The French monarchy was unique, at least in Western Europe. For over 800 years, it consisted entirely of direct, male-line descendants of one man. This was Hugh Capet, who was elected king after the last Carolingian1 king died young and childless.2 Even though they’re all related, the kings (never queens) through 1830 are generally listed as part of three Houses.
The first House, starting with Hugh, is known as the Capetians. They almost all fulfilled the first two duties of kings: living reasonably long and having sons to succeed them. There were fourteen, ruling for almost three hundred and fifty years, and the first twelve of them were direct father to son inheritance. Then things went south: the last three Capetian kings were brothers who all died young and sonless.3 The brothers ruled for a total of twelve years.
There was no real tradition for what to do next, but the French, with their customary respect for the fair sex, decided that as a matter of law not only could a woman not rule, she could not transmit the right to rule. So they found the closest male relative to the late kings, a first cousin called Phillip of Valois, who began a new House (still all direct male-line descendants of Hugh Capet.4 ) The thirteen Valois kings ruled for over two hundred and fifty more years. They almost lost France to the British before Joan of Arc helped win it back for them, and they weren’t quite as regular as the Capets, having to play the up-the-family-tree-and-back-down-again game a couple of times, but they were all direct male line descendants of Phillip of Valois. Then dynastic disaster struck: the last three were brothers, all of whom died young and sonless.5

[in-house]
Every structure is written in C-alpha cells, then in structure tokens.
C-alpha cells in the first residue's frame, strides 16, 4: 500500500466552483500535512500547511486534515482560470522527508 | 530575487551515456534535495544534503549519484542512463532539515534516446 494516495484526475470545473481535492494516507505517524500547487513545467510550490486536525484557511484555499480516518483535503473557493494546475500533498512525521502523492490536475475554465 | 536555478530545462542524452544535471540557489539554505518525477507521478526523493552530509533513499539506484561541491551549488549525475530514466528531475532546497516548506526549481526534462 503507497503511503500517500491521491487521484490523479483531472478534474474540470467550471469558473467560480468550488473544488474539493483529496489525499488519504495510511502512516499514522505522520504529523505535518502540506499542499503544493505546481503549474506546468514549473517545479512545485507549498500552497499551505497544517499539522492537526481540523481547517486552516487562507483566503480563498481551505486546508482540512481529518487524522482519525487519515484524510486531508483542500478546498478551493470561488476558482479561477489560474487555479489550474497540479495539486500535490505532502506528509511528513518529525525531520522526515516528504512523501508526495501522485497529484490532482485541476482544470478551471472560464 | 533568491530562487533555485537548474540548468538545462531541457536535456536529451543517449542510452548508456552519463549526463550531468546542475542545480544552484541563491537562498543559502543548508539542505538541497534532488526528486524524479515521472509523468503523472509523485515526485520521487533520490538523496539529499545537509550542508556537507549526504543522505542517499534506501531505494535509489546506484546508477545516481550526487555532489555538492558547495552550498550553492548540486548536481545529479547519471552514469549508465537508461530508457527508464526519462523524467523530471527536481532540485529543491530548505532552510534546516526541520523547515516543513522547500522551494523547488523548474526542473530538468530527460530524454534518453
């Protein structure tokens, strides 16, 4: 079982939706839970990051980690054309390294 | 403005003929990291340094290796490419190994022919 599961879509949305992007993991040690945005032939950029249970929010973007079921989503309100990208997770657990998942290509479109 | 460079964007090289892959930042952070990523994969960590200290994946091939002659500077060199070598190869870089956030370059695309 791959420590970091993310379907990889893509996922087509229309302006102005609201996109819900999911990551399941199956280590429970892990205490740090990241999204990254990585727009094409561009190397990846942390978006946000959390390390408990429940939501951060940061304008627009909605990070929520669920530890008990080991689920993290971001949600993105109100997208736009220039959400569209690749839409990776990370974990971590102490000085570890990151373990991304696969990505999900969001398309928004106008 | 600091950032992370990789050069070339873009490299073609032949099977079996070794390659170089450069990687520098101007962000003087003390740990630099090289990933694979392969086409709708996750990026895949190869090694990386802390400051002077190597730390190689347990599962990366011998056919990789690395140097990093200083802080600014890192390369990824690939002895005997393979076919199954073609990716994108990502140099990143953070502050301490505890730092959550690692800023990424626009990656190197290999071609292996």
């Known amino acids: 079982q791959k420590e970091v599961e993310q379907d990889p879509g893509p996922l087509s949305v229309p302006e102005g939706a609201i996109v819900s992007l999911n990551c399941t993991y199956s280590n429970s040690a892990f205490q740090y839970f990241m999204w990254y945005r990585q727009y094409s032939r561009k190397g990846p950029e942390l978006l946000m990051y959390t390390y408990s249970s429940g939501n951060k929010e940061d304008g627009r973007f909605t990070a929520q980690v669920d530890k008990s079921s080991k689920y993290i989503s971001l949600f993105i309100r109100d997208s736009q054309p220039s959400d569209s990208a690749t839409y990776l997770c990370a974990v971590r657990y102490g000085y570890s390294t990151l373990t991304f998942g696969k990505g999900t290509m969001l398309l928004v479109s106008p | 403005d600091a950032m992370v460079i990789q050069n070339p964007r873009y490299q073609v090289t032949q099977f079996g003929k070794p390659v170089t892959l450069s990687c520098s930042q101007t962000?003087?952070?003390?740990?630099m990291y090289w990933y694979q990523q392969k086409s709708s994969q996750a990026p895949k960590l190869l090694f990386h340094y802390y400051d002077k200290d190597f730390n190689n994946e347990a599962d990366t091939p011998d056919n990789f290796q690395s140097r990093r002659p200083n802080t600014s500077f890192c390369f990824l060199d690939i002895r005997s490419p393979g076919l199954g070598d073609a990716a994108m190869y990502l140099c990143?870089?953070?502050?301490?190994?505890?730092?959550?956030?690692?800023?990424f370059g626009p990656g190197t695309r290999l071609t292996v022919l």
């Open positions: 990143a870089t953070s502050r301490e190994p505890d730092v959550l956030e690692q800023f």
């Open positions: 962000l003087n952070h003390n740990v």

So, once again back up the family tree, looking for someone with male-line descendants. It was harder this time, going all the way back to Louis IX6, who had died three hundred years earlier. This was a bit sticky, as not only was Henry of Navarre a mere 493rd cousin of the previous king, but also a Protestant. He converted willingly7, though he was eventually murdered by a Catholic fanatic8. Henry was the first of the seven kings of the House of Bourbon, who would rule until the Revolution exactly two hundred years later, and also a bit afterward. The Bourbon succession was mostly father to son, except where some lived so long it was father to grandson or even great-grandson. That is, until the last three Bourbon kings, who were brothers. This was a bit different:
- The oldest one had a son and heir, but he and his son were both killed during the revolution.
- The second has no children.
- The third had a son and heir, but when he abdicated, the son did too.
There was one last king, of the House of Orléans, and we’ve left out the two Emperors of the House of Napoleon, but those are stories for another day.
- House of Charlemagne [↩]
- The Carolingians were interesting too: Charlemagne was a great leader, military and political, who unified what’s now France, Germany, Northern Italy, and the Benelux countries into a single realm, and whose respect for education and culture laid the foundation for what could have been the Renaissance six centuries early, if his descendants hadn’t pissed it all away by being, every last one of them, a complete waste of space. [↩]
- One had a posthumous son who lived for five days. [↩]
- Oddly, even though there were lots of King Louis’s, Charles’s, and Phillip’s, never even one more King Hugh. [↩]
- One had an illegitimate son. [↩]
- Also known as Saint Louis, canonized for his good works such as expanding the Inquisition and burning Talmuds. [↩]
- Saying, famously, if perhaps apocryphally, “Paris is worth a Mass.” [↩]
- Who claimed that Henry had kept his fingers crossed and refused to say “No backsies.” [↩]